So saying “I have (X) disease” implies some things that are probably not true, and misses some things that are true. It is a shorthand that is mostly useful in a clinical setting, but it comes nowhere close to fully describing a given person’s illness.

What Your Disease Means In The Real World

As sick people, we have whatever symptoms we have, and we have to deal with those symptoms as they come. What our doctors call those symptoms — Crohn’s, UC, indeterminate, whatever — only matters as much as the label helps us manage our disease.

For some people, saying they have Crohn’s and Ulcerative Colitis helps them understand what’s going on — maybe because they’ve been told they have Crohn’s with ulcers in the colon. Or maybe their doctor has told them they have both. In Europe, Crohn’s is often called Crohn’s Colitis, which makes things even muddier.

But whether or not it represents a misunderstanding of the disease is not as important as whether their understanding helps them manage the disease. In my case, I don’t find either label all that useful, so I have stopped calling my disease ‘Crohn’s’. Everywhere but the doctor’s office, I tell people I have inflammatory bowel disease.

We owe it to each other, moreover, not to attack another patient’s understanding of their disease. If you are active in IBD social media, you have probably seen this happen: a newcomer writes something like, “I have Crohn’s and Ulcerative Colitis; can you help me?” Then people pile on to insist “You can’t have both!!!” and the original poster feels humiliated and nobody actually helps the person. This post is mostly a plea to stop that.

If a patient does not see the difference between Crohn’s and Ulcerative Colitis, that is a problem for their doctor to solve. As patients, it’s not our job to enforce distinctions that doctors create for us. Those distinctions hardly matter at all in the real world — and they matter not at all in forums, in blogs, on Facebook, or any other social media.

So yes: you can have both Crohn’s and Ulcerative Colitis, if that helps you deal with your illness. There are important differences between the two, but go with what makes sense to you.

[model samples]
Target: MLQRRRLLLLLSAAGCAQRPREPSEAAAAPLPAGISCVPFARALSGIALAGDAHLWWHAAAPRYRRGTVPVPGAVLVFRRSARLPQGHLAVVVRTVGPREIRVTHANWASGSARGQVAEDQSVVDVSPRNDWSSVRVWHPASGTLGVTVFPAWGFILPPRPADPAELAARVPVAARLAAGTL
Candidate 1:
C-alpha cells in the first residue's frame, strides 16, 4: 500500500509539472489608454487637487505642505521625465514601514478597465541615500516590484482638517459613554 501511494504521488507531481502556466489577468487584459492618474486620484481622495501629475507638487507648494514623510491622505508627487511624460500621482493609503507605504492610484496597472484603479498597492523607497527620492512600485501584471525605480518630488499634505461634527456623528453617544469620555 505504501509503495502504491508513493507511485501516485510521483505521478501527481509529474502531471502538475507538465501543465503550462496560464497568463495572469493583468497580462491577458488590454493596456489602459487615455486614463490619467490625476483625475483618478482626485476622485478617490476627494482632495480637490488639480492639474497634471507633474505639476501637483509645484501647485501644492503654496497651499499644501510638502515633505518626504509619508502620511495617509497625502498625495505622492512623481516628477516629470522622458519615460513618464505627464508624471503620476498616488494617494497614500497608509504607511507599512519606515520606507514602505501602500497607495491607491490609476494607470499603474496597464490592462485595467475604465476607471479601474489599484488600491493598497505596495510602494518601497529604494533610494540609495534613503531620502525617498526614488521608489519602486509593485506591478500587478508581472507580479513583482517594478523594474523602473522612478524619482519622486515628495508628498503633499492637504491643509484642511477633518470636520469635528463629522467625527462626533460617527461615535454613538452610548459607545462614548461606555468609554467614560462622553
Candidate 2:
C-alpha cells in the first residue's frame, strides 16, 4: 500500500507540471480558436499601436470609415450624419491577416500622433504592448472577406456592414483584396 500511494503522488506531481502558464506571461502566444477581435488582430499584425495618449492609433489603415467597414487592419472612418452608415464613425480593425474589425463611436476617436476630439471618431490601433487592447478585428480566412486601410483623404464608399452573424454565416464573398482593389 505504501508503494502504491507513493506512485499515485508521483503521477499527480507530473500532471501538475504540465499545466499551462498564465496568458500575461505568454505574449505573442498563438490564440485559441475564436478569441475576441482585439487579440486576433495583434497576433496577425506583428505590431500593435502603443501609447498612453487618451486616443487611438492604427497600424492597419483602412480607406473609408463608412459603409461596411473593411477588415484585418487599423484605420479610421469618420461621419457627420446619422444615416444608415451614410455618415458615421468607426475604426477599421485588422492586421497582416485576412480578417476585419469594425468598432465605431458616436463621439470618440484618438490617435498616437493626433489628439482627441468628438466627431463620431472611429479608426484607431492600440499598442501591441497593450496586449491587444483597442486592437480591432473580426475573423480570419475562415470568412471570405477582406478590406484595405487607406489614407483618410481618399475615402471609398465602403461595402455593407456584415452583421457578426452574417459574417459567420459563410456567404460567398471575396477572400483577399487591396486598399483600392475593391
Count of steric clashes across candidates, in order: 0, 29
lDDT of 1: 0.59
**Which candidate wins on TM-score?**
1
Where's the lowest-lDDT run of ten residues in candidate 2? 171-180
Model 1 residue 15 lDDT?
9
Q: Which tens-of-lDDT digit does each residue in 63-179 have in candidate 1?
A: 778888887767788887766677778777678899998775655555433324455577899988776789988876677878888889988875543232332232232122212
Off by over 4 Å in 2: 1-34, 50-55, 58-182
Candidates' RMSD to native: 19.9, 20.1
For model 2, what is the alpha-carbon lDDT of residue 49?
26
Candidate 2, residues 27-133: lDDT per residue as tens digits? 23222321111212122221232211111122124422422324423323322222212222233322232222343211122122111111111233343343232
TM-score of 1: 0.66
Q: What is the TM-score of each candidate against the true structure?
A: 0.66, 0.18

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3 thoughts on “Yes, You Can Have Both Crohn’s And Ulcerative Colitis

  1. Nice post. We have struggled with these issues for a few years now since my daughter was diagnosed with Crohns disease at age 7. I, as her mom, was the person who kept pressing for the label though. They still don’t know what it is and admit that when pressed. I now completely see it as you say – something under the umbrella of IBD and as long as we are able to keep her healthy and happy, I’ve learned to let the labels go.

  2. I can count myself among the ranks of those diagnosed with Crohn’s who have later gone onto hear Doctor’s come to me with the nearly irrelevant news that I “may have Ulcertive Colitis”. My reaction was to resist the entire line of thinking, assuming that it meant a sort of downgrading of the severity of my disease. As time went on, I came to realize that many, if not most of my Intestinal inflammation and symptoms were emanating from the Colon itself. Years later, I still often debate myself over whether doctors were correct or more accurate in attempting to label my condition UC instead of Crohn’s, as it was initially diagnosed. As my internal debate goes, I lean toward calling myself a Crohnie more because of the numerous immune system related challenges to my health outside of the Intestinal inflammation (Arthritis, Psoriasis, endlessly resurfacing ear infections, and most recently Avascular Necrosis of the hips). Every new outside diagnosis is another point for Crohn’s team, but may be another step away from fully understanding “My” IBD. I don’t have any conclusion of my experiences, because they are ongoing. Both labels will continue to follow me and weigh heavily on how I’m seen to those who haven’t had the time to truly know the person behind the diagnosis.

    I often like to think of the words “Crohn’s Disease” or “Ulcertive Colitis” or any new diagnoses I may recieve as verbal Curses; not for what they reveal in terms of symptoms and etiology, as would concern the professionals handling your medical files, but for how I feel such terms limit what another person may see of me.

    1. I would also love to read up on a breakdown of the table shown in the above article, as so much of the disease at the cellular or even topical level is still largely a mystery to those of us with it. Its not an “invisible” disease so much as a “cloaked” disease.